If you're wondering how that's possible, you may want to take the time to learn a little about a gentleman from North Carolina named Ken Hissam.

Hissam is a self-described "putter geek." He says his first memories of playing the game are on the putting green. He comes from a family where both parents were golf nuts. His mother, 90 years old now, still plays twice a week.

Growing up, Hissam recalls his parents hiring a caddie to babysit him while they played. Hissam and the caddies spent all that time on a putting green. And that's where he fell in love with the game... and putters.

"Out of all the clubs in one's bag, there's a special bond with a putter," he said. "A putter can bring you out of trouble after three horrendous shots or make you look like a complete idiot after just one. Clubs may come and go, but everyone keeps that one putter that won their club championship, a high school match, was their father's or grandfather's or just pulled them out of a 3-way press on the 18th. Mine is a McGregor IMG 5 my dad had that he gave to me when I was only 11. He passed away a few years ago and once I pulled that putter out of my bag, all the memories came flooding back about my dad and when we played. My dad was the best putter of the ball I had ever seen. I wanted to see the putter how he saw it all those years ago. I wanted to see it like it was new when he picked it up in the pro shop... That started my quest."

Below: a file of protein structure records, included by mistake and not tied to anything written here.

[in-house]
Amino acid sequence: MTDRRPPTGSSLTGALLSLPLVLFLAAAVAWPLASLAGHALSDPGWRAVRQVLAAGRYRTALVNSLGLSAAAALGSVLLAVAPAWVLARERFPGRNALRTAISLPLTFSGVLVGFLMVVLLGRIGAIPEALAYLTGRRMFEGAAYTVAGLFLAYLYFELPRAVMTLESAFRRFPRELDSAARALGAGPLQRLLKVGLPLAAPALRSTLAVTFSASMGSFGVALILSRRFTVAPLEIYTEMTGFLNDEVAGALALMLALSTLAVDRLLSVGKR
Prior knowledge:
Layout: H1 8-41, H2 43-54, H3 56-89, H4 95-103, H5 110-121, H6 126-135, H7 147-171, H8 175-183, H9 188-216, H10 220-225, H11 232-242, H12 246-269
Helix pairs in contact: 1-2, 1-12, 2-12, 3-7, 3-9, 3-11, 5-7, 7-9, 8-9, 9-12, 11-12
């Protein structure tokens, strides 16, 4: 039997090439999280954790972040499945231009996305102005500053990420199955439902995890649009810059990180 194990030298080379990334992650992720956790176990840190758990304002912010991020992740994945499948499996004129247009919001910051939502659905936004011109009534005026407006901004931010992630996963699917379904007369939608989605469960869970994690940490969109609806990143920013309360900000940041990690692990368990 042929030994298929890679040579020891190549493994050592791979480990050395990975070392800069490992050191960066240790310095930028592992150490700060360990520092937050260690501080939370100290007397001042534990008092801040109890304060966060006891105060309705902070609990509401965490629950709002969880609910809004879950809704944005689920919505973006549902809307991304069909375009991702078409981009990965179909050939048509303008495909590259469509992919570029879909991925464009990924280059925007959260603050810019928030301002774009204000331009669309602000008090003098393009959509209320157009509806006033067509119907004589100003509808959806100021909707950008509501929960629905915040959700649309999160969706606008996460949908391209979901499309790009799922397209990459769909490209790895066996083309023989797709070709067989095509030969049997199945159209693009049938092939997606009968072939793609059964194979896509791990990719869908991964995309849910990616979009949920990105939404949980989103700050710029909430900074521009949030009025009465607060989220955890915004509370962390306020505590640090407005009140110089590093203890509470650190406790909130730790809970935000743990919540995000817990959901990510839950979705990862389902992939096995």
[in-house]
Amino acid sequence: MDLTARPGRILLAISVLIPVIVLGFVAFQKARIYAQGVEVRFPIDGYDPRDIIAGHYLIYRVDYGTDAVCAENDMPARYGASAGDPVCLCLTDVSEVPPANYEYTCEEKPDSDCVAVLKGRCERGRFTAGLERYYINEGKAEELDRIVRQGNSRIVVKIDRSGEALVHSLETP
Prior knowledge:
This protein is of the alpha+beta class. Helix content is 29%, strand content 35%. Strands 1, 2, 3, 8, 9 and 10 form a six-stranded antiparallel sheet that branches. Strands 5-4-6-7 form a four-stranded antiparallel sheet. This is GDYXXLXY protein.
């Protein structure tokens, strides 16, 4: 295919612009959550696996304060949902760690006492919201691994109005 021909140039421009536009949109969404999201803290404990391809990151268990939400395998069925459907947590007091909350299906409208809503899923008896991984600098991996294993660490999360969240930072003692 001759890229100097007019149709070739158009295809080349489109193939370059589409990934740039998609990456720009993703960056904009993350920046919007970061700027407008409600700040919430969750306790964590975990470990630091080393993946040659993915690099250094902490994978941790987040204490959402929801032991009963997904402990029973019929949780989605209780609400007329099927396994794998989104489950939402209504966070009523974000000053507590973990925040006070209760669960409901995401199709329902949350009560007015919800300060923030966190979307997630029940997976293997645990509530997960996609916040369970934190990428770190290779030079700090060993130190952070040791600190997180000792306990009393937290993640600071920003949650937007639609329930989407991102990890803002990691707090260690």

Hissam owns Kickstand Putters, which specializes in putter restoration and refinishing for a fraction of what you would pay for new putter. Basically, he can do to your putter what he did to the one his dad gave him as an 11-year-old boy.

So why refinish an old putter instead of dropping $300+ on a new one, off the rack?

"There's something about a great putter that keeps you going back," Hissam said. "It knows you and you know it. There's a history with the putter and if you get a new one you have to go through the courting process again."

Hissam can take an old, beat-up putter, remove the nicks and dings and refinish it with both the finish (black oxide, nickel, black PVD, raw stainless or raw carbon steel) and paint fill of your choosing.